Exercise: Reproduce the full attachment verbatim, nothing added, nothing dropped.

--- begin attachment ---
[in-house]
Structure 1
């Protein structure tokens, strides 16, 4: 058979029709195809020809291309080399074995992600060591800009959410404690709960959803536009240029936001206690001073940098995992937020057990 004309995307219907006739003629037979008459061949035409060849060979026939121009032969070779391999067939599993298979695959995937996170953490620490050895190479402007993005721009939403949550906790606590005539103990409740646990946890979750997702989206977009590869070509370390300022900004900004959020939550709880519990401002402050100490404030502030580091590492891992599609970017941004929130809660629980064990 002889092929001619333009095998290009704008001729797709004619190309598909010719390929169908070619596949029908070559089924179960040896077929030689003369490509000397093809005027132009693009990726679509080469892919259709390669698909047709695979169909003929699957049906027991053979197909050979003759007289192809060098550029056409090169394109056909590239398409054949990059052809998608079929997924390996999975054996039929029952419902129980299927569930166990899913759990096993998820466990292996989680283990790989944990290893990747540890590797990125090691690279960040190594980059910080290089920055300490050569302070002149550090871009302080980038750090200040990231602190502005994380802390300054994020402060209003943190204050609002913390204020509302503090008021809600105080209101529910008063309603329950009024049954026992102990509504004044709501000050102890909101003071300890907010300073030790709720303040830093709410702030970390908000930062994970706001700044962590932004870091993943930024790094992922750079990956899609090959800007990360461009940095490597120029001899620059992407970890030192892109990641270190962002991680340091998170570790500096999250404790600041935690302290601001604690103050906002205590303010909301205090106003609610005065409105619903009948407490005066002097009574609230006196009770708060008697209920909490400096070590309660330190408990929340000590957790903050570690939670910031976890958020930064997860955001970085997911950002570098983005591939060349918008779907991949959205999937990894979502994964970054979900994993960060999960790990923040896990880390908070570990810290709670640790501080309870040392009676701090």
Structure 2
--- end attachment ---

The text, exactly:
[in-house]
Structure 1
């Protein structure tokens, strides 16, 4: 058979029709195809020809291309080399074995992600060591800009959410404690709960959803536009240029936001206690001073940098995992937020057990 004309995307219907006739003629037979008459061949035409060849060979026939121009032969070779391999067939599993298979695959995937996170953490620490050895190479402007993005721009939403949550906790606590005539103990409740646990946890979750997702989206977009590869070509370390300022900004900004959020939550709880519990401002402050100490404030502030580091590492891992599609970017941004929130809660629980064990 002889092929001619333009095998290009704008001729797709004619190309598909010719390929169908070619596949029908070559089924179960040896077929030689003369490509000397093809005027132009693009990726679509080469892919259709390669698909047709695979169909003929699957049906027991053979197909050979003759007289192809060098550029056409090169394109056909590239398409054949990059052809998608079929997924390996999975054996039929029952419902129980299927569930166990899913759990096993998820466990292996989680283990790989944990290893990747540890590797990125090691690279960040190594980059910080290089920055300490050569302070002149550090871009302080980038750090200040990231602190502005994380802390300054994020402060209003943190204050609002913390204020509302503090008021809600105080209101529910008063309603329950009024049954026992102990509504004044709501000050102890909101003071300890907010300073030790709720303040830093709410702030970390908000930062994970706001700044962590932004870091993943930024790094992922750079990956899609090959800007990360461009940095490597120029001899620059992407970890030192892109990641270190962002991680340091998170570790500096999250404790600041935690302290601001604690103050906002205590303010909301205090106003609610005065409105619903009948407490005066002097009574609230006196009770708060008697209920909490400096070590309660330190408990929340000590957790903050570690939670910031976890958020930064997860955001970085997911950002570098983005591939060349918008779907991949959205999937990894979502994964970054979900994993960060999960790990923040896990880390908070570990810290709670640790501080309870040392009676701090």
Structure 2